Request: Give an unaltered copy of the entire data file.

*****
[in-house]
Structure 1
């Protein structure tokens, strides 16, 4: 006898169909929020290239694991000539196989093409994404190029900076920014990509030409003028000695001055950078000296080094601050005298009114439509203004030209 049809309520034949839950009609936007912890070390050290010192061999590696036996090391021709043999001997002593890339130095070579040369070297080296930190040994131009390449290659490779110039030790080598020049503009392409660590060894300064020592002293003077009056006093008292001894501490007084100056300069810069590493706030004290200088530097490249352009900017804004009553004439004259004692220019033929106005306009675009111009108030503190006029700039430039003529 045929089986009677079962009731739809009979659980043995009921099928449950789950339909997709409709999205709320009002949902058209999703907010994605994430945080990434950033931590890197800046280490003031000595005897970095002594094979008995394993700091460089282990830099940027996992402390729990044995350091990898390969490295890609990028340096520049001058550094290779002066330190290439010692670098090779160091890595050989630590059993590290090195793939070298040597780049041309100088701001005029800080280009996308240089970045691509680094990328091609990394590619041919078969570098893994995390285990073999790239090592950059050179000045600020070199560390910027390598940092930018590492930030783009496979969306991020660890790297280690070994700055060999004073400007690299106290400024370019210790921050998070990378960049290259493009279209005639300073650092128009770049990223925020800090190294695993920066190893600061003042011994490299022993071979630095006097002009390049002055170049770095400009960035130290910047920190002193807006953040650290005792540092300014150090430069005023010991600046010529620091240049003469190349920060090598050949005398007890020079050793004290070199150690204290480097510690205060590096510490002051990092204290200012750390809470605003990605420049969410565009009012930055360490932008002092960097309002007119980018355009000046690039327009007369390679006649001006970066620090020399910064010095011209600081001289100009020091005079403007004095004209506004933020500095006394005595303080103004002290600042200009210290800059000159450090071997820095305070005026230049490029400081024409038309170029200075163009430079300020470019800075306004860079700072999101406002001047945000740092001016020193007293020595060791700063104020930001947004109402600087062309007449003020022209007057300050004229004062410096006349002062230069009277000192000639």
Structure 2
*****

[in-house]
Structure 1
């Protein structure tokens, strides 16, 4: 006898169909929020290239694991000539196989093409994404190029900076920014990509030409003028000695001055950078000296080094601050005298009114439509203004030209 049809309520034949839950009609936007912890070390050290010192061999590696036996090391021709043999001997002593890339130095070579040369070297080296930190040994131009390449290659490779110039030790080598020049503009392409660590060894300064020592002293003077009056006093008292001894501490007084100056300069810069590493706030004290200088530097490249352009900017804004009553004439004259004692220019033929106005306009675009111009108030503190006029700039430039003529 045929089986009677079962009731739809009979659980043995009921099928449950789950339909997709409709999205709320009002949902058209999703907010994605994430945080990434950033931590890197800046280490003031000595005897970095002594094979008995394993700091460089282990830099940027996992402390729990044995350091990898390969490295890609990028340096520049001058550094290779002066330190290439010692670098090779160091890595050989630590059993590290090195793939070298040597780049041309100088701001005029800080280009996308240089970045691509680094990328091609990394590619041919078969570098893994995390285990073999790239090592950059050179000045600020070199560390910027390598940092930018590492930030783009496979969306991020660890790297280690070994700055060999004073400007690299106290400024370019210790921050998070990378960049290259493009279209005639300073650092128009770049990223925020800090190294695993920066190893600061003042011994490299022993071979630095006097002009390049002055170049770095400009960035130290910047920190002193807006953040650290005792540092300014150090430069005023010991600046010529620091240049003469190349920060090598050949005398007890020079050793004290070199150690204290480097510690205060590096510490002051990092204290200012750390809470605003990605420049969410565009009012930055360490932008002092960097309002007119980018355009000046690039327009007369390679006649001006970066620090020399910064010095011209600081001289100009020091005079403007004095004209506004933020500095006394005595303080103004002290600042200009210290800059000159450090071997820095305070005026230049490029400081024409038309170029200075163009430079300020470019800075306004860079700072999101406002001047945000740092001016020193007293020595060791700063104020930001947004109402600087062309007449003020022209007057300050004229004062410096006349002062230069009277000192000639």
Structure 2